Dennis Wilder joined Gwen Ifill to discuss President Obama and South Korean President Lee Myung-bak meeting about recent provocations in the latest round of the ongoing diplomatic standoff with North Korea.
GWEN IFILL, host: Now, for more on all of this, we turn to two former officials who have experience dealing with North Korea. Dennis Wilder was special assistant to the president and senior director for East Asian affairs on the National Security Council staff during the second Bush administration. He’s now a visiting fellow at the Brookings Institution.
And Joel Wit was a career State Department official dealing with Northeast Asia and arms control. He’s now a visiting fellow at the U.S.-Korea Institute at Johns Hopkins School of Advanced International Studies.
Welcome to you both.
Mr. Wilder, what were Presidents Obama and Lee signaling today in that joint meeting?
DENNIS WILDER: I think President Obama was signaling a shift, a significant shift in American policy on North Korea.
When President Obama came into office, he felt that, if he could change the tone of the relationship with North Korea, there was a chance to negotiate. So he sent Steve Bosworth to Beijing with a message for the North Koreans that Ambassador Bosworth was ready to go into North Korea, ready to talk.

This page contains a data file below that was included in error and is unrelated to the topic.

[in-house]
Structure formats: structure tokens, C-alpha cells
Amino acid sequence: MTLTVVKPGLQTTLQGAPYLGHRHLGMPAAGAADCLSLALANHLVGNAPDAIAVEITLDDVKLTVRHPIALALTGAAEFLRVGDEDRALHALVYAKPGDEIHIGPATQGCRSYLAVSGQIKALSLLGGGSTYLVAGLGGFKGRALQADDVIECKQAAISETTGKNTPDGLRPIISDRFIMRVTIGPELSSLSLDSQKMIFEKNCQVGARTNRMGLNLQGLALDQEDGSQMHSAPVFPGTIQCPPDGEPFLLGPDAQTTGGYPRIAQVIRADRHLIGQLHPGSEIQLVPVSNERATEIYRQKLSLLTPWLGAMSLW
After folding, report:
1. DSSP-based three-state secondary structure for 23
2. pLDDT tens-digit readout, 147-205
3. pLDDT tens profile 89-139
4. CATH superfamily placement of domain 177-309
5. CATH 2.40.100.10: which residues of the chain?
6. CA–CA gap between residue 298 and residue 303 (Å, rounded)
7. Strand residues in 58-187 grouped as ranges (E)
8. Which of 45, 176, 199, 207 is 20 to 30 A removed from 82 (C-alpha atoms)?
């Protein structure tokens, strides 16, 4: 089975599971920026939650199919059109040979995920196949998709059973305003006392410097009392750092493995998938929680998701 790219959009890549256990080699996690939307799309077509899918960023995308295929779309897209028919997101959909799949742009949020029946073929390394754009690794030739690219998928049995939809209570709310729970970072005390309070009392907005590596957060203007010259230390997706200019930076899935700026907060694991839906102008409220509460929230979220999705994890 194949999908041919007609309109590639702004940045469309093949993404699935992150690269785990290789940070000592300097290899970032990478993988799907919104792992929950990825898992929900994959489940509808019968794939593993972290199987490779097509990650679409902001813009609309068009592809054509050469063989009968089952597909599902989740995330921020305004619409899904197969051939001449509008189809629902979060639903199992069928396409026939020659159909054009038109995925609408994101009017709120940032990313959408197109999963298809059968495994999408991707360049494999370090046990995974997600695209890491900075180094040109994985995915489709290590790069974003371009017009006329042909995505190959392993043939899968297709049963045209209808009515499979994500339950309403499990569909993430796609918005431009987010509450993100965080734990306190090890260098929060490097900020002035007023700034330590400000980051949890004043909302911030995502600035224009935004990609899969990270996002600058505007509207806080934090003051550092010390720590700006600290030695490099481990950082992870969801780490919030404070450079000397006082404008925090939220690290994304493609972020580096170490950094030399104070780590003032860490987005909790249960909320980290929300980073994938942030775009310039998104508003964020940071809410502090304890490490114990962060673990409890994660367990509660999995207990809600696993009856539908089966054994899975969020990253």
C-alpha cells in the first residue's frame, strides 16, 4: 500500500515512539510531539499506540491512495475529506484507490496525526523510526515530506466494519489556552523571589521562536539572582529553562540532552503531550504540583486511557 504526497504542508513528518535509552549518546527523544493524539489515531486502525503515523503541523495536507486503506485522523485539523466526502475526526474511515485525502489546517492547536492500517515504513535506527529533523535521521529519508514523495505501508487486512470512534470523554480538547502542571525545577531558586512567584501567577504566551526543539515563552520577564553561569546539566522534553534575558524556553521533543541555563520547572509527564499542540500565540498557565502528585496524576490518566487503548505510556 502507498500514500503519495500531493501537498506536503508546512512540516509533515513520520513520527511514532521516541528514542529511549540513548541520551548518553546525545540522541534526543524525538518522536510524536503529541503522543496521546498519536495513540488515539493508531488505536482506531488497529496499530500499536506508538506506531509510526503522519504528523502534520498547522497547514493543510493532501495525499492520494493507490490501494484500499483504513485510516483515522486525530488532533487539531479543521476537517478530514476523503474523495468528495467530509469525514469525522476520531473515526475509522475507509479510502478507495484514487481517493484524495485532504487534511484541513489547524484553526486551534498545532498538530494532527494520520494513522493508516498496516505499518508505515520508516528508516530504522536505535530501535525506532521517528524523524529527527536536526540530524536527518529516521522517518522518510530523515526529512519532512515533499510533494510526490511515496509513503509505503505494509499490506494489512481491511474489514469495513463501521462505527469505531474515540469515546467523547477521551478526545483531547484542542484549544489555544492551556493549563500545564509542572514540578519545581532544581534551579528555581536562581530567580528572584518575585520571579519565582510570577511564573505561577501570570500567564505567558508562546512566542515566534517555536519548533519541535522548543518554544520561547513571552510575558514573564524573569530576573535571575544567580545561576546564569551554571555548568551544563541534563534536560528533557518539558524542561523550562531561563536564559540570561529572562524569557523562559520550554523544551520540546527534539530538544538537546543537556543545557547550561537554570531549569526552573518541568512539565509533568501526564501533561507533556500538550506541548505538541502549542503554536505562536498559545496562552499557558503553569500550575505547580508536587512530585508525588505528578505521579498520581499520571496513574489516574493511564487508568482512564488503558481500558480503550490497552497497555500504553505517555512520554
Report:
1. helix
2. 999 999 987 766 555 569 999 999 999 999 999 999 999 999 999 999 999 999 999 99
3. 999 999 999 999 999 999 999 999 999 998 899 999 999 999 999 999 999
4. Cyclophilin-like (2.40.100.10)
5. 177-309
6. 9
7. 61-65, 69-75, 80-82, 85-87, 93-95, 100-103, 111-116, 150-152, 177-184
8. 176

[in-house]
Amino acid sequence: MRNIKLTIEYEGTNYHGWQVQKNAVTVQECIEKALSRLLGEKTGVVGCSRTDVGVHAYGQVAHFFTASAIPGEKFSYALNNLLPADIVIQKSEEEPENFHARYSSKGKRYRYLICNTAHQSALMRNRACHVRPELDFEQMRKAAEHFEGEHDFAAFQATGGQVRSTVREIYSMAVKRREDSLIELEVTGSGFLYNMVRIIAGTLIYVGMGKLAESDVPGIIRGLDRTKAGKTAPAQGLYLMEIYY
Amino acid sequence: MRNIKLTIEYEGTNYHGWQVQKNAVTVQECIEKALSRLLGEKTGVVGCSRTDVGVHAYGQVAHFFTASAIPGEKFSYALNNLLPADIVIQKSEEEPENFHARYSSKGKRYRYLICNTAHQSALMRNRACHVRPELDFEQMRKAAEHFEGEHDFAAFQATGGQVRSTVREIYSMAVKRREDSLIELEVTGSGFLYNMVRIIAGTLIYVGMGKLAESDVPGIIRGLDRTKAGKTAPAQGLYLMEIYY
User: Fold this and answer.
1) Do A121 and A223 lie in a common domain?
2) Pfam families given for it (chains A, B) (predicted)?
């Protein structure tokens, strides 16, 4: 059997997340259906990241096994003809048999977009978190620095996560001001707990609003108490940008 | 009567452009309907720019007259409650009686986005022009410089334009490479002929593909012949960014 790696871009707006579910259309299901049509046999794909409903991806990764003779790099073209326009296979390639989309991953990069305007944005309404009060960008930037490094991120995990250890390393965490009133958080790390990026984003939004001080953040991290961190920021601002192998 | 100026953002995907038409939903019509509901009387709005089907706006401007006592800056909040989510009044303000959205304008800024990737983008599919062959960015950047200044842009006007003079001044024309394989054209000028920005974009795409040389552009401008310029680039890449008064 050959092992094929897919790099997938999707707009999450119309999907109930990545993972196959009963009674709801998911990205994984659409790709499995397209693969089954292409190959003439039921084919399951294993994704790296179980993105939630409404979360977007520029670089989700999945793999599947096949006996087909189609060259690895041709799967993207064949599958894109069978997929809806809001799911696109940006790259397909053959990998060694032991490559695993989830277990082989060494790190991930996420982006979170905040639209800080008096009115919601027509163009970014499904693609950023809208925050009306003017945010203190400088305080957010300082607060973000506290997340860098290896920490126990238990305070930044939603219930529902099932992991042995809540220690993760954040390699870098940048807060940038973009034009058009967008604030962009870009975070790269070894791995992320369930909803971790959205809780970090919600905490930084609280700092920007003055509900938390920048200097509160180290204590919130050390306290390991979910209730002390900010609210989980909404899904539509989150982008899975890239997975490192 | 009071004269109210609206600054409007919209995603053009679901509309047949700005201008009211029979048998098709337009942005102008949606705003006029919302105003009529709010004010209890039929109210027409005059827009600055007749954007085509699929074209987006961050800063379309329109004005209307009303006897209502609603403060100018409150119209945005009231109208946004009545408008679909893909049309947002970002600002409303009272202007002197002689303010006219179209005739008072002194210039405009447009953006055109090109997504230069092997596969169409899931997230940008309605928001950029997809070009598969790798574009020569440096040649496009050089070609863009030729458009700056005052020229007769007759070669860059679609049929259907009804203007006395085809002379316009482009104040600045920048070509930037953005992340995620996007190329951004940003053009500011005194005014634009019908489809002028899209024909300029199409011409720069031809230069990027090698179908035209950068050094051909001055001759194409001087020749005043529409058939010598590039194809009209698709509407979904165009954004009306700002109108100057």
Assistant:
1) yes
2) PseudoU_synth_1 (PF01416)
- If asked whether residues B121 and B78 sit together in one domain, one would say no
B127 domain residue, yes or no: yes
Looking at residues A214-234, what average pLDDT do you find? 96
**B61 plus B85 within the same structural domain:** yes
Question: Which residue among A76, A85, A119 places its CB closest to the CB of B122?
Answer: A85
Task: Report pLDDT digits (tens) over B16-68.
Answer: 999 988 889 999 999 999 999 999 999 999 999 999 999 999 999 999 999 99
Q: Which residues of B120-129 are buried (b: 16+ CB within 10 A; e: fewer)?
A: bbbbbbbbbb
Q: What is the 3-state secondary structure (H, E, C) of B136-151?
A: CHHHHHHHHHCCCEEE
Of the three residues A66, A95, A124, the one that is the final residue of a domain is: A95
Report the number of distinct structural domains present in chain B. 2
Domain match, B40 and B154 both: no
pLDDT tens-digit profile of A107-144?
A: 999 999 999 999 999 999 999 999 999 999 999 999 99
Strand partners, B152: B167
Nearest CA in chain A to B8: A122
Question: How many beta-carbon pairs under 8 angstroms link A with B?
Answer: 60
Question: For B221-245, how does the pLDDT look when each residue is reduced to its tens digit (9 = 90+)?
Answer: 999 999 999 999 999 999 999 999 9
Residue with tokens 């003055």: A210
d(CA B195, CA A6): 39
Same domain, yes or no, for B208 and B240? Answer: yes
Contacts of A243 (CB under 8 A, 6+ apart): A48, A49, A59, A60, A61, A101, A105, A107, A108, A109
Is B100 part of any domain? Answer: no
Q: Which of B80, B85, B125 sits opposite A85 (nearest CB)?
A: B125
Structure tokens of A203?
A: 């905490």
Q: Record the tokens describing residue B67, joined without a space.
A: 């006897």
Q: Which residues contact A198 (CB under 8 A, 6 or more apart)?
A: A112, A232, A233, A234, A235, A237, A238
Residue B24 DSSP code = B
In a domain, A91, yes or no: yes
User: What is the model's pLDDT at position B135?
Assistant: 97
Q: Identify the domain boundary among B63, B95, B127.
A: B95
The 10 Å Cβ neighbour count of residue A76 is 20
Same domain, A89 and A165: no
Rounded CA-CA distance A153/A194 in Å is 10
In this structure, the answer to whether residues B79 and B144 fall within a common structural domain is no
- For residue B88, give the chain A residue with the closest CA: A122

The North Koreans, for their own reasons — largely, I think, involved in their succession issues, but also because of the fears they had about where the South was going, decided not to take him up on that offer. And, of course, we had the missile test and then the nuclear test.
The president now has signaled today that the United States has got to take a tougher stance with the North Koreans, has got to show that there are things they have done here that are beyond the bounds of the international community and that they must be held responsible.